Functional leaf and size traits determine the photosynthetic response of 10 dryland species to warming

Enrique Valencia*, José L. Quero, Fernando T. Maestre

*Corresponding author for this work

Research output: Contribution to journalArticlepeer-review

24 Scopus citations


Aims Relatively few studies so far have assessed how ongoing global warming will affect the photosynthetic performance of dryland plant species. We evaluated the effects of warming on the photosynthetic rates of 10 species with contrasting functional attributes, and whether their functional traits modulated photosynthetic responses to warming. Methods A common garden experiment was conducted over 2 years with distinct environmental conditions (drier vs. wetter year). The experiment was designed as a randomized block design with two treatments: warming (control vs. ∼2.9°C temperature increase) and species (Agropyron cristatum, Festuca ovina, Lygeum spartum, Medicago sativa, Plantago lanceolata, Psoralea bituminosa, Sanguisorba minor, Hedysarum coronarium, Dorycnium pentaphyllum and Phlomis herba-venti). We linked functional traits measurements with temporal variations in photosynthetic responses to warming. Important Findings In the drier year, warming increased photosynthetic rates at the beginning of the growing season, suggesting a modification in the growing period (earlier spring). In the wetter year, functional traits modulated photosynthetic responses to warming. Larger species with shorter leaves (e.g. M. sativa) had higher photosynthetic rates under warming compared to smaller species with larger leaves (e.g. F. ovina). Our results highlight the importance of (i) studying photosynthetic responses along different years and (ii) considering functional traits when evaluating photosynthetic responses to climate change, particularly in stressful environments such as drylands.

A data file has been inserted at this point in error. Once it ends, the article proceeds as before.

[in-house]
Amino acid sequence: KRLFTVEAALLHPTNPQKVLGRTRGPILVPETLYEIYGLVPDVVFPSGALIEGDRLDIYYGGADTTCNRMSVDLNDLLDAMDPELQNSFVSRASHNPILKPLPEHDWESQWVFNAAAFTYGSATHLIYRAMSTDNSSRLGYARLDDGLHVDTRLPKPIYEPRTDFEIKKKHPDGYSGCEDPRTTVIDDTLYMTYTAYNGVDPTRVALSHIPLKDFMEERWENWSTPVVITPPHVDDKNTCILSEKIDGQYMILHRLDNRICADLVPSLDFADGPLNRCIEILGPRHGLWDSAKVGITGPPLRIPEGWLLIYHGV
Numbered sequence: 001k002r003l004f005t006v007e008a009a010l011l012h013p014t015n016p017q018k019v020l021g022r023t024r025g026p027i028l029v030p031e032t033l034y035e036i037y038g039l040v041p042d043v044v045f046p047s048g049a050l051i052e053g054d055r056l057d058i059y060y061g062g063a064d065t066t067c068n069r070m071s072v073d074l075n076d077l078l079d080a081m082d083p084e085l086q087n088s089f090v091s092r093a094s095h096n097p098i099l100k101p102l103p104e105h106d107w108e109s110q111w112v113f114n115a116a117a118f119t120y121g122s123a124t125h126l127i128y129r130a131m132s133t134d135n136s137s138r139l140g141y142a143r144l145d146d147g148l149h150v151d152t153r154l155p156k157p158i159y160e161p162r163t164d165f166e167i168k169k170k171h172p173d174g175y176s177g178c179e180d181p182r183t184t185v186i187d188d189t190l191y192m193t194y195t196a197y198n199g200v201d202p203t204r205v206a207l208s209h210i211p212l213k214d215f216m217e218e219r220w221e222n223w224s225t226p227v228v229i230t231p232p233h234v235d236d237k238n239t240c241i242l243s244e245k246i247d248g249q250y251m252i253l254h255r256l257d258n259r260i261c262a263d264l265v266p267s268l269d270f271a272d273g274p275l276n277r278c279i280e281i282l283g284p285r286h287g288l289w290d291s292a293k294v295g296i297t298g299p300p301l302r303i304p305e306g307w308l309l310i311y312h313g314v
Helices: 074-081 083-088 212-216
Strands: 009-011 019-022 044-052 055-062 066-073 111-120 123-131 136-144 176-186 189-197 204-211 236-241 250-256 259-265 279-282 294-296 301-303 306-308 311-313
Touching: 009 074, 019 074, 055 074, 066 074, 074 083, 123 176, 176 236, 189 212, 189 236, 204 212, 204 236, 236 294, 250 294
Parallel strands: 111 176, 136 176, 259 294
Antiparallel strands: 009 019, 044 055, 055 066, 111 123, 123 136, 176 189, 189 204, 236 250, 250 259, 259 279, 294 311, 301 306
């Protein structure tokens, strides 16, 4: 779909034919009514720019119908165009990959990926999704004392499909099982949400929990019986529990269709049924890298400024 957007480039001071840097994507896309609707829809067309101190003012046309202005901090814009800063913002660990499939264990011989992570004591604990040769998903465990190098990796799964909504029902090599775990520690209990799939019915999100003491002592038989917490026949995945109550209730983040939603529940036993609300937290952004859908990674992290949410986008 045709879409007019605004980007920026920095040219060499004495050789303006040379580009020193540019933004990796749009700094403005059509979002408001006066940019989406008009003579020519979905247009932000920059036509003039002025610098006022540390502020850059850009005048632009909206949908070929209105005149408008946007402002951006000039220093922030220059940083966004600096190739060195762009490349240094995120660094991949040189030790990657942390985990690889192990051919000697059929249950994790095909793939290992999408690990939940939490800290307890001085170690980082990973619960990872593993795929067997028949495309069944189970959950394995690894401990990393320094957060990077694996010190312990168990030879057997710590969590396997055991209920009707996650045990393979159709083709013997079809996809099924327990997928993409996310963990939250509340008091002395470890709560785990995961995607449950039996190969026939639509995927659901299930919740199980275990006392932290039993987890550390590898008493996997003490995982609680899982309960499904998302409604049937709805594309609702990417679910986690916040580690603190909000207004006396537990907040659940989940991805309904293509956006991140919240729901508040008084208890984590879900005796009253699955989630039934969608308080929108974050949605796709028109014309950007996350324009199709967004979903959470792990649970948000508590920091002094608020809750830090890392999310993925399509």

Original languageEnglish (US)
Pages (from-to)773-783
Number of pages11
JournalJournal of Plant Ecology
Issue number6
StatePublished - Dec 2016


  • Climate change
  • Functional traits
  • Mediterranean
  • Open top chambers
  • Photosynthesis

ASJC Scopus subject areas

  • Ecology, Evolution, Behavior and Systematics
  • Ecology
  • Plant Science


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